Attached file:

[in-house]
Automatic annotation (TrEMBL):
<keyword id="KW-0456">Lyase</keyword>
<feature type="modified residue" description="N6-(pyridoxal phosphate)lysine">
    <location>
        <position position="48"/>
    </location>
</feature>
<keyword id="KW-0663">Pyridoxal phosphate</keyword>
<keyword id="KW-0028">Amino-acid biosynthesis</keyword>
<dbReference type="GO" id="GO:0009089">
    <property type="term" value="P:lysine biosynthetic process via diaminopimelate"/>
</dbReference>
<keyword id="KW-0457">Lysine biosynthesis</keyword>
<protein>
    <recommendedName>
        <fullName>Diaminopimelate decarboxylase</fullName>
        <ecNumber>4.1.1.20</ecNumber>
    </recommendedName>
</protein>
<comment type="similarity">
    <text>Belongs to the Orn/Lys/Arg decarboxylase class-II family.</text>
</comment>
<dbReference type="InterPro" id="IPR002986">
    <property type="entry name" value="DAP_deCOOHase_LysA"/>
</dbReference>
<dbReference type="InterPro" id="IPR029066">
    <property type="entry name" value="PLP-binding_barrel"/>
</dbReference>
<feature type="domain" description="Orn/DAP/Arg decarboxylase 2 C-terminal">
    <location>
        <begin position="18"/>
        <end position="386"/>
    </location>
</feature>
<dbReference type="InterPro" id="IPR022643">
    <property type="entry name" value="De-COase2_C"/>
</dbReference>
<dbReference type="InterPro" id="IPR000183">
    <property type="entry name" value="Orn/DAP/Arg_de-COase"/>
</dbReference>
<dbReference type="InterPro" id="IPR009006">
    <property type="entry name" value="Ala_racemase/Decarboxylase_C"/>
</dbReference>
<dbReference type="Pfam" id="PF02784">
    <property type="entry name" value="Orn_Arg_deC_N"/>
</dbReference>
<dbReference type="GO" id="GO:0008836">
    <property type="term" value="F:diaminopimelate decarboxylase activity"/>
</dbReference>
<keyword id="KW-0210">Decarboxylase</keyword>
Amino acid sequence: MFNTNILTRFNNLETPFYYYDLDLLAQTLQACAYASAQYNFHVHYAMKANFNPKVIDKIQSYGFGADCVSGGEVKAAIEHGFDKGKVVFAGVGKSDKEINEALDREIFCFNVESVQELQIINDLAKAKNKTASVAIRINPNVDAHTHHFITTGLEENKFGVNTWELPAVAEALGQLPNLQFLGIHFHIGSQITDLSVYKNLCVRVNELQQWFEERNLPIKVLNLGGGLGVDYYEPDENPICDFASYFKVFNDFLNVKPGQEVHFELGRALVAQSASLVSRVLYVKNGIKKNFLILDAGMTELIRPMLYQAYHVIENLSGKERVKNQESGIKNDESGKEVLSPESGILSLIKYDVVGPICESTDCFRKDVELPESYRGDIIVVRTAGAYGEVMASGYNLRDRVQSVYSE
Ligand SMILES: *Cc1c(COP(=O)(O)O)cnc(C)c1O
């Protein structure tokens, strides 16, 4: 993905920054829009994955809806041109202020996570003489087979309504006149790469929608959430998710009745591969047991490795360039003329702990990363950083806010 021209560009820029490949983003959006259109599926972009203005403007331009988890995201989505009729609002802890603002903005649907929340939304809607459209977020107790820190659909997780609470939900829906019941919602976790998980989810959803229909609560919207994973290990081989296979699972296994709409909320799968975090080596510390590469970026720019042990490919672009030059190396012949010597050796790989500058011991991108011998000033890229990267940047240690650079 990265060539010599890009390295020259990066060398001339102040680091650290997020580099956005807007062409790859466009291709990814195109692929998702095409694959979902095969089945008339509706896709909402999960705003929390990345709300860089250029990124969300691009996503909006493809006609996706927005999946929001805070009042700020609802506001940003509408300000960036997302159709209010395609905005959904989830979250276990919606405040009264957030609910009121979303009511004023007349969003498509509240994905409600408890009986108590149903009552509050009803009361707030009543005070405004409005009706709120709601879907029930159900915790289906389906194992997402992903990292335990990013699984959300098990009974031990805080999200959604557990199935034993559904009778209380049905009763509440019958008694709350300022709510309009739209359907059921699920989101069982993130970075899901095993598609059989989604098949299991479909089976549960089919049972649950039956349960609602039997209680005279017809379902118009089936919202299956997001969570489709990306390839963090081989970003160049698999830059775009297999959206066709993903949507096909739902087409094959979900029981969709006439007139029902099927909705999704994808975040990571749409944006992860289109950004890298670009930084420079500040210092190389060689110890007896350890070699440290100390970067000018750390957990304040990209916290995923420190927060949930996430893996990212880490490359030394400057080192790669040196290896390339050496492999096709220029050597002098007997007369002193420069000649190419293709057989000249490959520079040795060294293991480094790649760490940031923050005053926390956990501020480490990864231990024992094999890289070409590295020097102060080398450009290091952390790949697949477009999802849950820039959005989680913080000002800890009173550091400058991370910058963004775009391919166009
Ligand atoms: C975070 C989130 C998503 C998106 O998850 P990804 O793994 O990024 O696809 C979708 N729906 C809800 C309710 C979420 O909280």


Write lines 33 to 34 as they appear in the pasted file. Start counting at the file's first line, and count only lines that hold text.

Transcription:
        <end position="386"/>
    </location>